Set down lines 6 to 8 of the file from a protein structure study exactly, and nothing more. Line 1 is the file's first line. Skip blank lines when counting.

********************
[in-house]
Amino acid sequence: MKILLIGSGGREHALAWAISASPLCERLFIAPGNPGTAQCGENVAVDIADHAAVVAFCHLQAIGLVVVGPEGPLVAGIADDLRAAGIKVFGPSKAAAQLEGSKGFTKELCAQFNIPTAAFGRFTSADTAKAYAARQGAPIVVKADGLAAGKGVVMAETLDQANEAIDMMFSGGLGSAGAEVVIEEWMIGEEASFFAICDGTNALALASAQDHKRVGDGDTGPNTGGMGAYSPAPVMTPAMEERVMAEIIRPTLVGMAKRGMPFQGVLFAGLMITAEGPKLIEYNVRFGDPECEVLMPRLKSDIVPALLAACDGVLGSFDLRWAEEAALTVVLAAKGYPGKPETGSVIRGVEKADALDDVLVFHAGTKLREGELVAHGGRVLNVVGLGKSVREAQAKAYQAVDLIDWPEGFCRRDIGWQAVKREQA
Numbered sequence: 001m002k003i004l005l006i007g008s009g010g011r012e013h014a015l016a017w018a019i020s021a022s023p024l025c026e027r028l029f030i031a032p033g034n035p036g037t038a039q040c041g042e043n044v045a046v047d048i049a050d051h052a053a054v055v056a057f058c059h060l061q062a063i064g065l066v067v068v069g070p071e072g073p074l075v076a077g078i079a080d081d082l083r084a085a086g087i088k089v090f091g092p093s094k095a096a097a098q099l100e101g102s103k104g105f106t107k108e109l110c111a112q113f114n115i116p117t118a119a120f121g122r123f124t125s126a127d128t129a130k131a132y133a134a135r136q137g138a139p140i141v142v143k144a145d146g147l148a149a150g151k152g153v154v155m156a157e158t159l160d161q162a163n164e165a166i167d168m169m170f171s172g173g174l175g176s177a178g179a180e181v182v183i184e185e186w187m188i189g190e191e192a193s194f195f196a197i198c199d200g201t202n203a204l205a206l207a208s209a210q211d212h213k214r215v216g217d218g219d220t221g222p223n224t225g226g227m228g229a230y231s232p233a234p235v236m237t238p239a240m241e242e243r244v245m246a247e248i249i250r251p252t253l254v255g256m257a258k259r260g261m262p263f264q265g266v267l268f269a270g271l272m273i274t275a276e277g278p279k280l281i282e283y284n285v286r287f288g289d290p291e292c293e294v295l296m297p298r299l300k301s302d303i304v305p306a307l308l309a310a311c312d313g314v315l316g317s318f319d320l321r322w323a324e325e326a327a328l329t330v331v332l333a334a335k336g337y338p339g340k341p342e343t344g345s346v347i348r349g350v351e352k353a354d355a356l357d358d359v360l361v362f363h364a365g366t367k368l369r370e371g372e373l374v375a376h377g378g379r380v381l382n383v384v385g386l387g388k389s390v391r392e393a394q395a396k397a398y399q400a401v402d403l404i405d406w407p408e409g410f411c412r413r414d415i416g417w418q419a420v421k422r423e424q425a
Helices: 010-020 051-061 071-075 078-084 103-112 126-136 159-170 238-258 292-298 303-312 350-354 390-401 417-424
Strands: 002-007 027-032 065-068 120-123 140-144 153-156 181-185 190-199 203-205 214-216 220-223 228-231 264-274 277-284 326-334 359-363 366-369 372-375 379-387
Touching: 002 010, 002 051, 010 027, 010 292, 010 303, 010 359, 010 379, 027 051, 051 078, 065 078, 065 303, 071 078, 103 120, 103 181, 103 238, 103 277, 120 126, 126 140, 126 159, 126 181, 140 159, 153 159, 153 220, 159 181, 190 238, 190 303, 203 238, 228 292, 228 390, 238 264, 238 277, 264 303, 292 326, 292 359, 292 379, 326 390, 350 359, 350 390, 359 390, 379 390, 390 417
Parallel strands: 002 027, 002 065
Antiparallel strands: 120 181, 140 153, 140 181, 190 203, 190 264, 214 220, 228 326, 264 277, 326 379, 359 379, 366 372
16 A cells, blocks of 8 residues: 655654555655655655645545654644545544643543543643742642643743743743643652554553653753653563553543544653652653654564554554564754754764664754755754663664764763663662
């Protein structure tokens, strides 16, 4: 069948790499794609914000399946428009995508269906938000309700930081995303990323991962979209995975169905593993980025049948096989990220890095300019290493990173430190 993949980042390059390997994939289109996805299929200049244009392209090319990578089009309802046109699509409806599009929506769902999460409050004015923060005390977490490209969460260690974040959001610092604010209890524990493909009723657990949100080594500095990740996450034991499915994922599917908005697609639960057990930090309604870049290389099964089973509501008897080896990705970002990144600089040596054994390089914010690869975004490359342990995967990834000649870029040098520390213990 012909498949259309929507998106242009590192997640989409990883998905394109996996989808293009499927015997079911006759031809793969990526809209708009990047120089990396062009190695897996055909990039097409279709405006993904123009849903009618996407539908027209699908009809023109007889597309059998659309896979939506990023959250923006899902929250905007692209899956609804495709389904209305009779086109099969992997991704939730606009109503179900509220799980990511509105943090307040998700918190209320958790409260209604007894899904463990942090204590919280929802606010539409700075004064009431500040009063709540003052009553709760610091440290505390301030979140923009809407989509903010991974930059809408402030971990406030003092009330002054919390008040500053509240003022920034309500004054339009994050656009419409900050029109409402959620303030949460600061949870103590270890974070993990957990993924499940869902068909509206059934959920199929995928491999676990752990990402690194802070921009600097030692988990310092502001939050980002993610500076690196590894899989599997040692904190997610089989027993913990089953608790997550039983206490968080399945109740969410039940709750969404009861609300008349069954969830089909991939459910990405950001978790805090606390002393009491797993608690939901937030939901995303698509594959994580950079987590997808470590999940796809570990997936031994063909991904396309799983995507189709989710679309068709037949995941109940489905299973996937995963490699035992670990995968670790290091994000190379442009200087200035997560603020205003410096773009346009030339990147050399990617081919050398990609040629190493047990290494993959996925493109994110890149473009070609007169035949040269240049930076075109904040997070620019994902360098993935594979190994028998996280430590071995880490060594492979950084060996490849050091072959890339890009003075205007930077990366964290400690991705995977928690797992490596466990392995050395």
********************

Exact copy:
Touching: 002 010, 002 051, 010 027, 010 292, 010 303, 010 359, 010 379, 027 051, 051 078, 065 078, 065 303, 071 078, 103 120, 103 181, 103 238, 103 277, 120 126, 126 140, 126 159, 126 181, 140 159, 153 159, 153 220, 159 181, 190 238, 190 303, 203 238, 228 292, 228 390, 238 264, 238 277, 264 303, 292 326, 292 359, 292 379, 326 390, 350 359, 350 390, 359 390, 379 390, 390 417
Parallel strands: 002 027, 002 065
Antiparallel strands: 120 181, 140 153, 140 181, 190 203, 190 264, 214 220, 228 326, 264 277, 326 379, 359 379, 366 372